The heterogeneity of human activity versus time has been observed for many online systems. For example, we will later show four real systems in Fig. 5. As we have mentioned above, the statistics about inter-event time at the population level may result from hybrid mechanisms, and thus it is valued to design a method that can filter out the effects caused by the exogenous heterogeneity. In the traditional way, the inter-event time is defined as the time interval between two consecutive events. Figure 1 illustrates a simple example where the individual acts at time , , , and , and thus the four time intervals are , , and . This timing method is called absolute clock in this Letter. Considering a system with strong heterogeneity of human activity versus time. For example, in a short-message communication network, an individual may send in average more than ten messages in the noon yet less than one message during the midnight. As a time interval, is relatively long in the noon yet is usual across the midnight. Therefore, the absolute clock is highly affected by the activity heterogeneity and thus may fail to capture the endogenous human activity patterns. Accordingly, we propose a new timing method by using a relative clock, where the time length between two consecutive events of an individual is counted as the number of other individuals’ events appeared during this interval. Considering the population , and shown in Fig. 1, the inter-event time of the events happened at and for individual is counted as the number of events in between and for individuals and . Table 1 presents the results of two definitions of the inter-event time for individual . Compared with the absolute clock, the relative clock, running faster at the time with frequent events, can be considered as a kind of time rescaling method that can eliminate the heavy tails of inter-event time distribution caused by the activity heterogeneity.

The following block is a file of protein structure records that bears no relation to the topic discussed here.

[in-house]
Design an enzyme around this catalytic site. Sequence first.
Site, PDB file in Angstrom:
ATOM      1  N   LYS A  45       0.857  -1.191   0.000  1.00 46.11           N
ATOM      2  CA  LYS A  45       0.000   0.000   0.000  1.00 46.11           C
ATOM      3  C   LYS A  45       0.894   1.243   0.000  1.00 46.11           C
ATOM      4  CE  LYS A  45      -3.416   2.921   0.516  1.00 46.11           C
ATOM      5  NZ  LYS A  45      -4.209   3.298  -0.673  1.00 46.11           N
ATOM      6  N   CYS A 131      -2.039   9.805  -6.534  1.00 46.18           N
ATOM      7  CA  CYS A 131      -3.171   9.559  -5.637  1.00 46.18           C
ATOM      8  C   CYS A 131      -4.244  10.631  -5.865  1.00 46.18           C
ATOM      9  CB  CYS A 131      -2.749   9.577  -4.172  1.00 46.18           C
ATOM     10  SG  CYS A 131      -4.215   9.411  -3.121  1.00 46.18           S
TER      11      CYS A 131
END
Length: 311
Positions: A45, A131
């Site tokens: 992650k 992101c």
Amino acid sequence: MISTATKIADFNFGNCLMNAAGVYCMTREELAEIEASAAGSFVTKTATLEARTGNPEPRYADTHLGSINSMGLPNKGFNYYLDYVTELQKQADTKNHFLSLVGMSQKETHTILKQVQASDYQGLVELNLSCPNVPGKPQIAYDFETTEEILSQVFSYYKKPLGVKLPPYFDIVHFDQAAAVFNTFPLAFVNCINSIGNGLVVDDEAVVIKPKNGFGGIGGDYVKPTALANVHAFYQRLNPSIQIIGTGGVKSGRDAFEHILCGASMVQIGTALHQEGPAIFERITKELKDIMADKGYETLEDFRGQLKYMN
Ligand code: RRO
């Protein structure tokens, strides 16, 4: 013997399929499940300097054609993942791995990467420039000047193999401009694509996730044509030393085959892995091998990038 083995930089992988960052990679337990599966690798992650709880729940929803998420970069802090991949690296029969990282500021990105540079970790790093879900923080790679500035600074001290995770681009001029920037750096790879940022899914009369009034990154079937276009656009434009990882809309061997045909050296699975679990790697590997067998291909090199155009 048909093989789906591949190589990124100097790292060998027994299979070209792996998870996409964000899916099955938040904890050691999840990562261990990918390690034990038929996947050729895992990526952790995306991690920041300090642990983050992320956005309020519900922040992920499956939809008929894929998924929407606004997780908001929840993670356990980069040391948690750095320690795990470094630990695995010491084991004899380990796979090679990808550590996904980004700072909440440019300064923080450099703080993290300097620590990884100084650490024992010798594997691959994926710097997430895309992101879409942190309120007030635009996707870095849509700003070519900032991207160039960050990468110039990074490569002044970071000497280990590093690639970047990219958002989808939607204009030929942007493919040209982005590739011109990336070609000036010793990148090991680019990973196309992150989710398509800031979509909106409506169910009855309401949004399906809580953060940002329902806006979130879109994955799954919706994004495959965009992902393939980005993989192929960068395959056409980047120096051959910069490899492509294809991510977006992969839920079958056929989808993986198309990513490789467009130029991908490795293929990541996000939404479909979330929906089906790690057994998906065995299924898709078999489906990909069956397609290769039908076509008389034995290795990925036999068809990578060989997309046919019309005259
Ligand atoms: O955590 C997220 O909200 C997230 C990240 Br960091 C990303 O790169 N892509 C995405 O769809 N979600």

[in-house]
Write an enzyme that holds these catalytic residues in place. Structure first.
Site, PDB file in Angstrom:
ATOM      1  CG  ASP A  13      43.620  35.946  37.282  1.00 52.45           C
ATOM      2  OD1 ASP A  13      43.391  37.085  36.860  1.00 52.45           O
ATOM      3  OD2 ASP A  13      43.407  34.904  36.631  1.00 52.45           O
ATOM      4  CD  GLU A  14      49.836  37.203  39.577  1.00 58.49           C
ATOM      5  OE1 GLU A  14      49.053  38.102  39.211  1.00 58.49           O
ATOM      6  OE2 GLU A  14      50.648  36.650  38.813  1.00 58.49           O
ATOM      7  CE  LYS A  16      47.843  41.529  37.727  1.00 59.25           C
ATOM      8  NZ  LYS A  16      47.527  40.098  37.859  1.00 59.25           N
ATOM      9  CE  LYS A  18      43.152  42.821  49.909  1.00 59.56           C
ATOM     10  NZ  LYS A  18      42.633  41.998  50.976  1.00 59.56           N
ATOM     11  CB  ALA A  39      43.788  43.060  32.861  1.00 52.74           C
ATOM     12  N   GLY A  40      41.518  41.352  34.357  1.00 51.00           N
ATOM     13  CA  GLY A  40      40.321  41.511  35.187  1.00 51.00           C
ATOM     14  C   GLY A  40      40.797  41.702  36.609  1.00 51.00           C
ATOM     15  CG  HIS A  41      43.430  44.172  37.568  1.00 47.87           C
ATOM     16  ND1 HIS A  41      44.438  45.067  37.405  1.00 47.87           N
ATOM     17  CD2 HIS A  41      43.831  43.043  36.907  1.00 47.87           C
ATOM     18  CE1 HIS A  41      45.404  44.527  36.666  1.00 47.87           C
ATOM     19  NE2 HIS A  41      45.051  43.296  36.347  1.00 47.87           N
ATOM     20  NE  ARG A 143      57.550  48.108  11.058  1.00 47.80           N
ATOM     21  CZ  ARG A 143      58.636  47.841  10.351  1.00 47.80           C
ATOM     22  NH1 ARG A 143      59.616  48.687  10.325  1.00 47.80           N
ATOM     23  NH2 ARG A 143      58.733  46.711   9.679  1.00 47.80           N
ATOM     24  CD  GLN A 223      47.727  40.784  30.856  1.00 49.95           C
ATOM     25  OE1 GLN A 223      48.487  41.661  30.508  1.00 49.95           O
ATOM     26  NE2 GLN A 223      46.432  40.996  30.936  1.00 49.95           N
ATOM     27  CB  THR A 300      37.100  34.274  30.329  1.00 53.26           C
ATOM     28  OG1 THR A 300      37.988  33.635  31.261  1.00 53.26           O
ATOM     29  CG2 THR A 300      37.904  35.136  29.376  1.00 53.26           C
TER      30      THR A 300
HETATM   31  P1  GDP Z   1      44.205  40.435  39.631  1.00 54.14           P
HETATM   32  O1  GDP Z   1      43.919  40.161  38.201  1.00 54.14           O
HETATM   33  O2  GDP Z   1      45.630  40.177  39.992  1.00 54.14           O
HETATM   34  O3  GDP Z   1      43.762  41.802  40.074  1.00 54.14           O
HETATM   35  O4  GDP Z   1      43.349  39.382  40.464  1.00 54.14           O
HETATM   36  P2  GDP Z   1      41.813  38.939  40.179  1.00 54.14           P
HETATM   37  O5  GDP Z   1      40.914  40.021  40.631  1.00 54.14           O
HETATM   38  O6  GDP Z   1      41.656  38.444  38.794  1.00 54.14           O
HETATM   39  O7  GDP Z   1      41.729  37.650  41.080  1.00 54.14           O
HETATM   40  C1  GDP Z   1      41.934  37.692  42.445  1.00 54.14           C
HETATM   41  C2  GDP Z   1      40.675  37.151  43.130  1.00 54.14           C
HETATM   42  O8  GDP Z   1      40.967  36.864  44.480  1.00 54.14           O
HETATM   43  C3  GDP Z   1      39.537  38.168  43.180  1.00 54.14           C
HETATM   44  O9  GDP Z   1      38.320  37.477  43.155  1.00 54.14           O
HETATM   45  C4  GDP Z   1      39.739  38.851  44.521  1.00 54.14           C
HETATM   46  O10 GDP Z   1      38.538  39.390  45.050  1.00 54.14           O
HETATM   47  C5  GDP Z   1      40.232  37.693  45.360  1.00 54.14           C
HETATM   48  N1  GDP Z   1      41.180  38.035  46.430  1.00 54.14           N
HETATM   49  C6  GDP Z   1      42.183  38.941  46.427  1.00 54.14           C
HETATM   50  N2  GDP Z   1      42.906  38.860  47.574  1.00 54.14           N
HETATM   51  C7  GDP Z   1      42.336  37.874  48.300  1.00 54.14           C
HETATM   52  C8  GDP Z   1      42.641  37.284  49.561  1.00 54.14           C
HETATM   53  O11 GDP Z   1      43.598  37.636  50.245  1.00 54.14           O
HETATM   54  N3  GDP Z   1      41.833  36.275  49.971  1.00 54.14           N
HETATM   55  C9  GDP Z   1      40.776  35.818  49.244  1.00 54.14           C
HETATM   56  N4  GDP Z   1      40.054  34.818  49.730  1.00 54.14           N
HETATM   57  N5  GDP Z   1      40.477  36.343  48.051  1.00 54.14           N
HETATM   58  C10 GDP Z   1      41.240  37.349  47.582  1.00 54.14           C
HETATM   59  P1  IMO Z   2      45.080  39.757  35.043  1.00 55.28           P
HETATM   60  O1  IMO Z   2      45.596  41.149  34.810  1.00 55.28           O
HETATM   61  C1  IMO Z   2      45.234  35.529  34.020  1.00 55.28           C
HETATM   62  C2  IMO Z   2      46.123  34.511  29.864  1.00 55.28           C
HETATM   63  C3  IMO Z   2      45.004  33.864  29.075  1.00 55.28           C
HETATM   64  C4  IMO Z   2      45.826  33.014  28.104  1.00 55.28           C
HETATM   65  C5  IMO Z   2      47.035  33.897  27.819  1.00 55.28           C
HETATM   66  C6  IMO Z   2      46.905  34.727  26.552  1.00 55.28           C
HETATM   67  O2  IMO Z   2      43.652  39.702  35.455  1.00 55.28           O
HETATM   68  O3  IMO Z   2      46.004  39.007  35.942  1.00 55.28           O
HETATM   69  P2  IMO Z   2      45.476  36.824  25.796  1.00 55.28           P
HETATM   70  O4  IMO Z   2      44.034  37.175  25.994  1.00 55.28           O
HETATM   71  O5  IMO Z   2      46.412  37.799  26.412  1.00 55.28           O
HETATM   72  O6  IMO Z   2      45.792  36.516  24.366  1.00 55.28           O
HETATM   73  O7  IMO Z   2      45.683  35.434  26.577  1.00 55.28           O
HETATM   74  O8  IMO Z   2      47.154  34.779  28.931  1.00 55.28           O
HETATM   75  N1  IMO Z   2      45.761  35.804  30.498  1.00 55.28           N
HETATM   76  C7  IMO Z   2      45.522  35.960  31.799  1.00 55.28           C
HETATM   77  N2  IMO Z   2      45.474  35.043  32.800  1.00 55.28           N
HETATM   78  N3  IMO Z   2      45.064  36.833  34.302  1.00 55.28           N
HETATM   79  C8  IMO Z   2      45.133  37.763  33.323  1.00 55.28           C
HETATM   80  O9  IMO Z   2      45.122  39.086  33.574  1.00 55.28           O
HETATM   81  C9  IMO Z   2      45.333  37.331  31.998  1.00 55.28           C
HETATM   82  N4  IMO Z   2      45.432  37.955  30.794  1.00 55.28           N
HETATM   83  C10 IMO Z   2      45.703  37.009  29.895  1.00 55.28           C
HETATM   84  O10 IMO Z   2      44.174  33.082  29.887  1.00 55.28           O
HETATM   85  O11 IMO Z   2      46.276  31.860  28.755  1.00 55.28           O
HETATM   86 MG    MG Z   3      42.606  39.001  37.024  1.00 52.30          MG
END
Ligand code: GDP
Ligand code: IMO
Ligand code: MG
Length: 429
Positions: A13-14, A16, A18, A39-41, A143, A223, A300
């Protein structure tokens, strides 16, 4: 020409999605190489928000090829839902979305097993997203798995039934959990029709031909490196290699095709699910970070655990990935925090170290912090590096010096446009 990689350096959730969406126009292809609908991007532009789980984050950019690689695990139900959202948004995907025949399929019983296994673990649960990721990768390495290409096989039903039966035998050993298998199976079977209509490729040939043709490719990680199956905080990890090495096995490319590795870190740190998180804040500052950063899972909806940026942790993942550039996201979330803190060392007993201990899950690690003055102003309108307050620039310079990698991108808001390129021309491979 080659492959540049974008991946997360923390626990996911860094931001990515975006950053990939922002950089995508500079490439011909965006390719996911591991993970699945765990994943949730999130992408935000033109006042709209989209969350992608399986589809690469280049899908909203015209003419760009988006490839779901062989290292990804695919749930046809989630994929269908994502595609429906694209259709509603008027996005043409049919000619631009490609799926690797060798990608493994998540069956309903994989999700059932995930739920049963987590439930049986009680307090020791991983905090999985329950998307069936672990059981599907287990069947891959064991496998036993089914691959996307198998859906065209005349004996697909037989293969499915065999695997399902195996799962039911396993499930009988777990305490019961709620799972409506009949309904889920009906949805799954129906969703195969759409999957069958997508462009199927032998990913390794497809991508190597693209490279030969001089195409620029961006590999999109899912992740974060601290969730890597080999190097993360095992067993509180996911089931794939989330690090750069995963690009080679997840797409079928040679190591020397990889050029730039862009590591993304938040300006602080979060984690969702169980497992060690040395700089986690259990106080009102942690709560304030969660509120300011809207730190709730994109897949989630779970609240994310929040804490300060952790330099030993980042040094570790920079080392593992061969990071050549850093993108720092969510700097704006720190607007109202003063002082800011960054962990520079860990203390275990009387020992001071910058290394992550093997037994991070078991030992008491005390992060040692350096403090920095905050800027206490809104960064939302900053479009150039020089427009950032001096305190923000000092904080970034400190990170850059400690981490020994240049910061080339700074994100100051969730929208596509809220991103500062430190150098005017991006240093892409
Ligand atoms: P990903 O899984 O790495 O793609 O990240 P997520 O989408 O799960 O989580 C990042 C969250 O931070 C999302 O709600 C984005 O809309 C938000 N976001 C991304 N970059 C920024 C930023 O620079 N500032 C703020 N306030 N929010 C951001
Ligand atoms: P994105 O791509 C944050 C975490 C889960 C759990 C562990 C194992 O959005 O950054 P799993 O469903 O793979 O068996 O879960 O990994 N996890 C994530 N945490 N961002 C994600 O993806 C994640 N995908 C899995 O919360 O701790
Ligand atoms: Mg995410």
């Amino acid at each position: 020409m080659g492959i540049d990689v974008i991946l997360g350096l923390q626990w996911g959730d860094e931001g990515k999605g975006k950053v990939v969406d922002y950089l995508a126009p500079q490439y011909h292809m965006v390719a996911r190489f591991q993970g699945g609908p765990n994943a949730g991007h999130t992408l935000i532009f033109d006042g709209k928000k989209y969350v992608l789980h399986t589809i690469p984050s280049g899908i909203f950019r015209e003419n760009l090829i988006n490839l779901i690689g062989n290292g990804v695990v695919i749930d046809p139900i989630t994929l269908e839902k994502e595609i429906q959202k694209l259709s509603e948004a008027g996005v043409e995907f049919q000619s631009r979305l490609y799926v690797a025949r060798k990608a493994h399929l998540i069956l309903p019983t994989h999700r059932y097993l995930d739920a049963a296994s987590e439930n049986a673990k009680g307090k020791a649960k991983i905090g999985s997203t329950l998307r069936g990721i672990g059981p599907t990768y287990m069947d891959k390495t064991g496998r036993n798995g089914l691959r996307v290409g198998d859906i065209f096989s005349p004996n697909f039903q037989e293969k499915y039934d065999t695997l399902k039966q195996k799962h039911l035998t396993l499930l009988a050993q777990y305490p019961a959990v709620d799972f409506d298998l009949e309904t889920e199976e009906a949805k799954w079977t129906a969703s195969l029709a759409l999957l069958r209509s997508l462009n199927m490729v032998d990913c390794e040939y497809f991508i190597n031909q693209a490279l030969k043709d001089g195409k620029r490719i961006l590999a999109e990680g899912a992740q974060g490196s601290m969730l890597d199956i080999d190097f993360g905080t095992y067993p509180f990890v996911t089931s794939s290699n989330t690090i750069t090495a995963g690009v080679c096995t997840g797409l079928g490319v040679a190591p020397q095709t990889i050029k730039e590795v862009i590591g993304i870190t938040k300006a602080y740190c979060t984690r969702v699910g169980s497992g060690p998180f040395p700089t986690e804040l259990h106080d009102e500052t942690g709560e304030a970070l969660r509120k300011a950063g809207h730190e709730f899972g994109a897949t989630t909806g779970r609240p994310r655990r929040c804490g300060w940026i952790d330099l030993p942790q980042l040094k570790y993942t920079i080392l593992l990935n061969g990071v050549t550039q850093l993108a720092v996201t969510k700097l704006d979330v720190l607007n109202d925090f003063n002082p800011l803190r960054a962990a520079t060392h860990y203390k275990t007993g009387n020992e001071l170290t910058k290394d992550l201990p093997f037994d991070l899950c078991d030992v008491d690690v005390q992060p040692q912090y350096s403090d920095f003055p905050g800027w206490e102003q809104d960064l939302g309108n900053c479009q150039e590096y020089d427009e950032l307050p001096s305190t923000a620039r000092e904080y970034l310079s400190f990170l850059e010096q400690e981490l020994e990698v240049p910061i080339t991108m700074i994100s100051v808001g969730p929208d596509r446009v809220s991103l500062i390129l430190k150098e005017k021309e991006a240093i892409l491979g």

Comparison of inter-event time distributions p(\tau) based on the absolute and relative clocks. All the distributions presented in this figure come from the theoretical model: case (i)–(a)(b), case (ii)–(c)(d), case (iii)–(e)(f), case (iv)–(g)(h). The left and right plots correspond to the distributions on absolute and relative clocks, respectively. Plots (a), (b) and (d) are of log-linear scale, while plots (c), (e), (f), (g) and (h) are of log-log scale. The parameters are N=100, r=0.2, \lambda=0.5 and \beta=2. The power-law sampling on \Phi(t) follows the method in Ref. .
Comparison of inter-event time distributions p(\tau) based on the absolute and relative clocks. All the distributions presented in this figure come from the theoretical model: case (i)–(a)(b), case (ii)–(c)(d), case (iii)–(e)(f), case (iv)–(g)(h). The left and right plots correspond to the distributions on absolute and relative clocks, respectively. Plots (a), (b) and (d) are of log-linear scale, while plots (c), (e), (f), (g) and (h) are of log-log scale. The parameters are N=100, r=0.2, \lambda=0.5 and \beta=2. The power-law sampling on \Phi(t) follows the method in Ref. .
Comparison of inter-event time distributions p(\tau) based on the absolute and relative clocks. All the distributions presented in this figure come from the theoretical model: case (i)–(a)(b), case (ii)–(c)(d), case (iii)–(e)(f), case (iv)–(g)(h). The left and right plots correspond to the distributions on absolute and relative clocks, respectively. Plots (a), (b) and (d) are of log-linear scale, while plots (c), (e), (f), (g) and (h) are of log-log scale. The parameters are N=100, r=0.2, \lambda=0.5 and \beta=2. The power-law sampling on \Phi(t) follows the method in Ref. .
Comparison of inter-event time distributions p(\tau) based on the absolute and relative clocks. All the distributions presented in this figure come from the theoretical model: case (i)–(a)(b), case (ii)–(c)(d), case (iii)–(e)(f), case (iv)–(g)(h). The left and right plots correspond to the distributions on absolute and relative clocks, respectively. Plots (a), (b) and (d) are of log-linear scale, while plots (c), (e), (f), (g) and (h) are of log-log scale. The parameters are N=100, r=0.2, \lambda=0.5 and \beta=2. The power-law sampling on \Phi(t) follows the method in Ref. .
Comparison of inter-event time distributions p(\tau) based on the absolute and relative clocks. All the distributions presented in this figure come from the theoretical model: case (i)–(a)(b), case (ii)–(c)(d), case (iii)–(e)(f), case (iv)–(g)(h). The left and right plots correspond to the distributions on absolute and relative clocks, respectively. Plots (a), (b) and (d) are of log-linear scale, while plots (c), (e), (f), (g) and (h) are of log-log scale. The parameters are N=100, r=0.2, \lambda=0.5 and \beta=2. The power-law sampling on \Phi(t) follows the method in Ref. .